(Reuters) – The Supreme Court of Georgia halted on Wednesday the execution of a man who was convicted of shooting and killing a convenience store clerk while stealing two 12-packs of beer with two other men more than 20 years ago, local media reported.
Ray Cromartie, convicted of shooting and killing a convenience store clerk more than 20 years ago, is seen in this undated handout photo taken at an unknown location. Georgia Department of Corrections/Handout via REUTERS
The state’s high court issued a stay in the case of Ray Cromartie, 52, who was scheduled to die by lethal injection on Wednesday evening for the 1994 shooting death of convenience store clerk Richard Slysz.
The stay was issued so that the court could determine whether the execution order was properly filed earlier this month, the Atlanta Journal Constitution reported.
The Georgia attorney general’s office said the current execution order was void and that it would seek a new order, the newspaper reported.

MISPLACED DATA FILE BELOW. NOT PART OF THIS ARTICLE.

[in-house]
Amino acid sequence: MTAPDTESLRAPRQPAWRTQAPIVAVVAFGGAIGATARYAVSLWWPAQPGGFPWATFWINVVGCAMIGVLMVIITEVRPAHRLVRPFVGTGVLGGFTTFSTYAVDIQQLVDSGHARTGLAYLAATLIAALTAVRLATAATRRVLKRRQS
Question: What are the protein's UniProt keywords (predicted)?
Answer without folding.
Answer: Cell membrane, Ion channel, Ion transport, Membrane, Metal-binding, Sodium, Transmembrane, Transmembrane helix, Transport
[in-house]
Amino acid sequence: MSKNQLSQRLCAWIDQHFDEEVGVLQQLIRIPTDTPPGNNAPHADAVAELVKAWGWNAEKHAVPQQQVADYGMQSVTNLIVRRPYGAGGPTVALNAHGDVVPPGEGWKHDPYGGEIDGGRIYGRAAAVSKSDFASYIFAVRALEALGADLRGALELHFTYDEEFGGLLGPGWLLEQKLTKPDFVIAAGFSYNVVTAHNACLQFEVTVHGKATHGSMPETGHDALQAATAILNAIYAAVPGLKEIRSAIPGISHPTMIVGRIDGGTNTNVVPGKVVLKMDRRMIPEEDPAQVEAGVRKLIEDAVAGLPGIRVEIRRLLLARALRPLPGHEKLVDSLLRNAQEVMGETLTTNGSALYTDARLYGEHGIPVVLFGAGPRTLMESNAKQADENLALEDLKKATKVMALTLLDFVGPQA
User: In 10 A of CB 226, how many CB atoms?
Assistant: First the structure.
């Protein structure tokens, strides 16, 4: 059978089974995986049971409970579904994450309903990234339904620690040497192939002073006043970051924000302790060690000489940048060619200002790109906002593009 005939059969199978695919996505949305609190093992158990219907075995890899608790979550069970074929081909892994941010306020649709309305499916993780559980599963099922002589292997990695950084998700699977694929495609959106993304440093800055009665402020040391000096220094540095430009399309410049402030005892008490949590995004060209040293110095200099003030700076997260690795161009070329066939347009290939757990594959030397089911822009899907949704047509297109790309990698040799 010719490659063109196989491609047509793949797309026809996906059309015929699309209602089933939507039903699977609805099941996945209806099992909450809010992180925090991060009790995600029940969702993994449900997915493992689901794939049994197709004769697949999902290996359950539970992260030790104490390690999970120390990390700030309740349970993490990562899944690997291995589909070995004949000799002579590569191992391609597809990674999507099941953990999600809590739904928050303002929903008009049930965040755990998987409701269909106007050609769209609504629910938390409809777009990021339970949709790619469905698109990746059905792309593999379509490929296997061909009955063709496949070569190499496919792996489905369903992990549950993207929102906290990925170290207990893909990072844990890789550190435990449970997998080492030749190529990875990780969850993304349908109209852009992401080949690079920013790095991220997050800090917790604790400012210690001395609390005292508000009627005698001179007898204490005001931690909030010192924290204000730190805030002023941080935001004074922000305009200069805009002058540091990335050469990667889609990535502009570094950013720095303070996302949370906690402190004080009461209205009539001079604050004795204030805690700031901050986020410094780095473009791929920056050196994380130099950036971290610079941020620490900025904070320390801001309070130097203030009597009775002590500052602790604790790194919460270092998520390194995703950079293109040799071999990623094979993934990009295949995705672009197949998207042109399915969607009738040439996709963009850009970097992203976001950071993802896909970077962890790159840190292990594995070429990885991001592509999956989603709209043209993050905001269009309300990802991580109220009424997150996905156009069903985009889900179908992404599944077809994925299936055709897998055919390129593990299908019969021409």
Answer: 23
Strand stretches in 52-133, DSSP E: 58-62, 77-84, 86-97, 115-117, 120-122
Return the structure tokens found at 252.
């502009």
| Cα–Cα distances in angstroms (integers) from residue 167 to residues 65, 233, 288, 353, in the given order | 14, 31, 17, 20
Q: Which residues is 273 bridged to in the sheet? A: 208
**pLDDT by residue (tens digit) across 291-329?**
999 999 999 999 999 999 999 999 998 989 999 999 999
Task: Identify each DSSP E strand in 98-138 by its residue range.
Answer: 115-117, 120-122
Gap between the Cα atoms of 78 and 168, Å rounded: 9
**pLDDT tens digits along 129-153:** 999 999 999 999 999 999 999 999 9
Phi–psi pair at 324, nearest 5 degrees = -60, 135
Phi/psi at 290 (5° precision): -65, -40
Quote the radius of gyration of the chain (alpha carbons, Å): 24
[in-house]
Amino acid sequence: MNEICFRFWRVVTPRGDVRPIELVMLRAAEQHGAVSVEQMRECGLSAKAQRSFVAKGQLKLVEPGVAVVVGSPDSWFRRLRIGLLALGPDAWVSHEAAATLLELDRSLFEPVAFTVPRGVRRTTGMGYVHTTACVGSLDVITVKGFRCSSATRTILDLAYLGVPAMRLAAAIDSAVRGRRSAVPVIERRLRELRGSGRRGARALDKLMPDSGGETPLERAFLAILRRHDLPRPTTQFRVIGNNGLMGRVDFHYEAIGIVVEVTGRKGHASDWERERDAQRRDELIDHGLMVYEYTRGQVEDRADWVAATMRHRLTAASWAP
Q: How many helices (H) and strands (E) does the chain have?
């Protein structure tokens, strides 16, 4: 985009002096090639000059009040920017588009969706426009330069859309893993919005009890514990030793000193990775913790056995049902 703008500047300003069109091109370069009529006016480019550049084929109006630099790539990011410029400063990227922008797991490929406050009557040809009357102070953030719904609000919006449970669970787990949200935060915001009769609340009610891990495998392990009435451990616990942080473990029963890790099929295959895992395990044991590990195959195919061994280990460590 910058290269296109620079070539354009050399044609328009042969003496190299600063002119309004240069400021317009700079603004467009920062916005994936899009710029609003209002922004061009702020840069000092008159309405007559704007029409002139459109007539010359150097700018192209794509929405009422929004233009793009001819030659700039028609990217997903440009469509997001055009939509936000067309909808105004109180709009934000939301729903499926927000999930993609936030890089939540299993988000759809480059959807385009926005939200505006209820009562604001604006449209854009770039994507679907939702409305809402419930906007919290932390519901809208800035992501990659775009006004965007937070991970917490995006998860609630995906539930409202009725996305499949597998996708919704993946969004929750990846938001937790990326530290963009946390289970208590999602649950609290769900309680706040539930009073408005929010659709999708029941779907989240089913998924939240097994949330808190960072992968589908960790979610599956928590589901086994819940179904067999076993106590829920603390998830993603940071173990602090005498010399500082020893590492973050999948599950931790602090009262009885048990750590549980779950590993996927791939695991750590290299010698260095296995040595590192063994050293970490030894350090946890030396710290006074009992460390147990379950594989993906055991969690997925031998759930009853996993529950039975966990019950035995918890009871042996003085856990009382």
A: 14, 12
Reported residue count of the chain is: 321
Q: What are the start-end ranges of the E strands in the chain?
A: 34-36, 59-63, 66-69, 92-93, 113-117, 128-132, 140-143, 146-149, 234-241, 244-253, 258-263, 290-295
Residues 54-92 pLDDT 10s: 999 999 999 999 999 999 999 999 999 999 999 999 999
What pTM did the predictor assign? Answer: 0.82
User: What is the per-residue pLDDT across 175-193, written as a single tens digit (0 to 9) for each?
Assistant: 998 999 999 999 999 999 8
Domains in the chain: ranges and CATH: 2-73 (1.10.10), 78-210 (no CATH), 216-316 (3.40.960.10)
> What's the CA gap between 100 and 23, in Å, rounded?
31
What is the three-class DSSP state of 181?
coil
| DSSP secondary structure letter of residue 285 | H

Attorney general office officials could not be reached by Reuters for comment outside of normal operating hours.
Cromartie was accused of borrowing a gun from his cousin and then went to the Madison Street Deli in Thomasville and shot and wounded store clerk Dan Wilson in the face on April 7, 1994.
Three days later, Cromartie and his friends Corey Clark and Thaddeus Lucas went to Junior Food Store in Thomasville, Georgia, to steal beer. When the pair entered the store, Cromartie shot Slysz twice in the head, killing him, prosecutors said.
Cromartie and Clark tried to open the cash register but were unsuccessful. Cromartie then took two 12-packs of Budweiser beer and the men fled, according to court papers.
Cromartie was arrested three days later. During the trial, Clark and Lucas testified against Cromartie. Both men pleaded guilty to lesser charges, court papers showed.
The U.S. Supreme Court rejected Cromartie’s request for an appeal in his case in December 2018.
Cromartie would have been the 18th inmate in the United States and the third inmate in Georgia to be executed in 2019, according to the Death Penalty Information Center.
Reporting by Brendan O’Brien in Chicago; Editing by Lisa Shumaker and Leslie Adler